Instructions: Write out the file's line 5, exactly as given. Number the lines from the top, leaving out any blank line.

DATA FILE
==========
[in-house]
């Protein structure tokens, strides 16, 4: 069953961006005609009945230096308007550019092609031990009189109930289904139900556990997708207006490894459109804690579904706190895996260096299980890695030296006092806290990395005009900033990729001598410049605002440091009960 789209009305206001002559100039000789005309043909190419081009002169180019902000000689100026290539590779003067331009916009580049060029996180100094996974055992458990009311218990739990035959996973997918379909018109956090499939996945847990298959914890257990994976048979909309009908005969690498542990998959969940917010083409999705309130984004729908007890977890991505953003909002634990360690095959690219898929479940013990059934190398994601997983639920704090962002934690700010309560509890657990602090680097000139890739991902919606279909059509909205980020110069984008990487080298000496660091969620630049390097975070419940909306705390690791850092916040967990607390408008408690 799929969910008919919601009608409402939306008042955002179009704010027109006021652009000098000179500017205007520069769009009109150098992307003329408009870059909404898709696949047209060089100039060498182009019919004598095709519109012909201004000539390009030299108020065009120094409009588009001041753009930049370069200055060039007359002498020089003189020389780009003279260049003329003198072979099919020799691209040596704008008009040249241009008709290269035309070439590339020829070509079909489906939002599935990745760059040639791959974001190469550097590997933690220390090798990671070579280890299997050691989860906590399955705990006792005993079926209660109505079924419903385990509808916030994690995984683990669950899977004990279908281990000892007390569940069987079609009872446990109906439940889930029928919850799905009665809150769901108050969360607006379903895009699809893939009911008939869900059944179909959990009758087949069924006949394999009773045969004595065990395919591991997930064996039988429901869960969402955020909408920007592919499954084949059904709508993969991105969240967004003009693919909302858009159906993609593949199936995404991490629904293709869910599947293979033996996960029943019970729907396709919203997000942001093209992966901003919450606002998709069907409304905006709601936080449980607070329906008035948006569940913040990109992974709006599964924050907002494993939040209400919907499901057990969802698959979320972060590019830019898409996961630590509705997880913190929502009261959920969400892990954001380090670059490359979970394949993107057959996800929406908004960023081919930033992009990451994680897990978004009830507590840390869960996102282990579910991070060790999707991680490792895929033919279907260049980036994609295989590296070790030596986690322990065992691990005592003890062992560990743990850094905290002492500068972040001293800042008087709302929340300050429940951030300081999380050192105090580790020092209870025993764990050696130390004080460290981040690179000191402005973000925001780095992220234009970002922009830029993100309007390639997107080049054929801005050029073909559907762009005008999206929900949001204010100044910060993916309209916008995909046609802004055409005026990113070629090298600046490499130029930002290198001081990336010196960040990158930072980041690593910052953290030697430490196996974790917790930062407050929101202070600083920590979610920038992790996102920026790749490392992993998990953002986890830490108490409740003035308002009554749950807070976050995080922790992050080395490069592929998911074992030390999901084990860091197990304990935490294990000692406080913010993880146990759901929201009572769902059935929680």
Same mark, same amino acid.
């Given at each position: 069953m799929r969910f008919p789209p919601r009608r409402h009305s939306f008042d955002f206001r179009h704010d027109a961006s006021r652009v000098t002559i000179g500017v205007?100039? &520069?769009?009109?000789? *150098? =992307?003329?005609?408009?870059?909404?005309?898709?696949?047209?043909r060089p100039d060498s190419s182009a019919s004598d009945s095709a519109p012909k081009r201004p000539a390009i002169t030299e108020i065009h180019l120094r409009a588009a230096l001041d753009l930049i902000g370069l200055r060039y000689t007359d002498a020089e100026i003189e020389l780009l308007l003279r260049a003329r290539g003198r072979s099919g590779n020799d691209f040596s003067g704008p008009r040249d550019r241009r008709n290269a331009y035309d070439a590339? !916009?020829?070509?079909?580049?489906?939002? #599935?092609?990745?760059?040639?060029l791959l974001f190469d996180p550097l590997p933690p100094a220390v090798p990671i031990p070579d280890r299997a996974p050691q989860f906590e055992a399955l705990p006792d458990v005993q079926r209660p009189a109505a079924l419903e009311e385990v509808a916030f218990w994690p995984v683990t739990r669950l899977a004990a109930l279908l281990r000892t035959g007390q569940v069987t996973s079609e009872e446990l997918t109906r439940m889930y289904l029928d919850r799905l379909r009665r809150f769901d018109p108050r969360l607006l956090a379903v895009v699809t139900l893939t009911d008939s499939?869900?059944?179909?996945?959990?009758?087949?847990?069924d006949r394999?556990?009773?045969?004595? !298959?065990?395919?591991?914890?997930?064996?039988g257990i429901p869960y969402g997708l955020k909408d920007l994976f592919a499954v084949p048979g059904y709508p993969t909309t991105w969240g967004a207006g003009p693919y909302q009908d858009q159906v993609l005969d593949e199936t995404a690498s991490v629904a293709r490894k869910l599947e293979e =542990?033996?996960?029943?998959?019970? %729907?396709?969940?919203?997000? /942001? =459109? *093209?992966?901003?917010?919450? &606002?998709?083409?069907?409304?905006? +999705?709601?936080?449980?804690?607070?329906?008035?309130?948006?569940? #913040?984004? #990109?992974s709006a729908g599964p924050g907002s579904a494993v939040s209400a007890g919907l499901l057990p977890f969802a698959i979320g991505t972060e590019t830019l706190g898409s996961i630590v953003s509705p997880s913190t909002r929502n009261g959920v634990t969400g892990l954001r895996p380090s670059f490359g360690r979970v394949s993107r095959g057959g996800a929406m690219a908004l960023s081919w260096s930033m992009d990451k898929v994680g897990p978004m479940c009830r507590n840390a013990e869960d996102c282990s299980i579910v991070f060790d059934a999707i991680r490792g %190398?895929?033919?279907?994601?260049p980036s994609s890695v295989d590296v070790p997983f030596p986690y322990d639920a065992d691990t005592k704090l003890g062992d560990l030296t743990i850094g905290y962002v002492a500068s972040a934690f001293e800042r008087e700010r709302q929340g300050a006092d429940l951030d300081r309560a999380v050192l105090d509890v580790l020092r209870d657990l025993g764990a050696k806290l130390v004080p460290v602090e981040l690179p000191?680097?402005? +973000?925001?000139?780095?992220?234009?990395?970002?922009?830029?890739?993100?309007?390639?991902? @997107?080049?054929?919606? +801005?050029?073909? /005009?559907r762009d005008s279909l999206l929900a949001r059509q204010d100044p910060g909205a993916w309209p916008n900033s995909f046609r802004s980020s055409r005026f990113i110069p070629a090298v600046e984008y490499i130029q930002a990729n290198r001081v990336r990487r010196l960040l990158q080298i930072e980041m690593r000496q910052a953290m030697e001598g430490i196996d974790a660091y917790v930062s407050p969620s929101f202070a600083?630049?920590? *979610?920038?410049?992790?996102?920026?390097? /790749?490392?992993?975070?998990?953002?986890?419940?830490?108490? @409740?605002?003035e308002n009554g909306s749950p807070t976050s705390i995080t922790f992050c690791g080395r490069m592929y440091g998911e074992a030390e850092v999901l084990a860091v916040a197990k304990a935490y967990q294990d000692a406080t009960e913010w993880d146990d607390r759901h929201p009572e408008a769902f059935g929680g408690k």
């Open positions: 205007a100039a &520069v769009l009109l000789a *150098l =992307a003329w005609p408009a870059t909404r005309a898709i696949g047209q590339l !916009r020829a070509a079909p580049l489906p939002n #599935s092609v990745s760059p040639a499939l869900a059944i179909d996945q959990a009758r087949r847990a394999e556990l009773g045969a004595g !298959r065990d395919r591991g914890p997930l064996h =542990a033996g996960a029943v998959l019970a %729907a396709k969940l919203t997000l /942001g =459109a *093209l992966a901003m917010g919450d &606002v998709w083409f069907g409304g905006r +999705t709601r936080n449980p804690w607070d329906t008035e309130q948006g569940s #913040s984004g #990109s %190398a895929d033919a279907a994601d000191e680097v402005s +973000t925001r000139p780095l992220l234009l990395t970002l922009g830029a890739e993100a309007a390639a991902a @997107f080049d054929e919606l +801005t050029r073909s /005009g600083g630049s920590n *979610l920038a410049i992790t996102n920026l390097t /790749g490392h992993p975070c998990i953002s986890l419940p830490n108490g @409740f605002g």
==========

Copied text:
């Open positions: 205007a100039a &520069v769009l009109l000789a *150098l =992307a003329w005609p408009a870059t909404r005309a898709i696949g047209q590339l !916009r020829a070509a079909p580049l489906p939002n #599935s092609v990745s760059p040639a499939l869900a059944i179909d996945q959990a009758r087949r847990a394999e556990l009773g045969a004595g !298959r065990d395919r591991g914890p997930l064996h =542990a033996g996960a029943v998959l019970a %729907a396709k969940l919203t997000l /942001g =459109a *093209l992966a901003m917010g919450d &606002v998709w083409f069907g409304g905006r +999705t709601r936080n449980p804690w607070d329906t008035e309130q948006g569940s #913040s984004g #990109s %190398a895929d033919a279907a994601d000191e680097v402005s +973000t925001r000139p780095l992220l234009l990395t970002l922009g830029a890739e993100a309007a390639a991902a @997107f080049d054929e919606l +801005t050029r073909s /005009g600083g630049s920590n *979610l920038a410049i992790t996102n920026l390097t /790749g490392h992993p975070c998990i953002s986890l419940p830490n108490g @409740f605002g």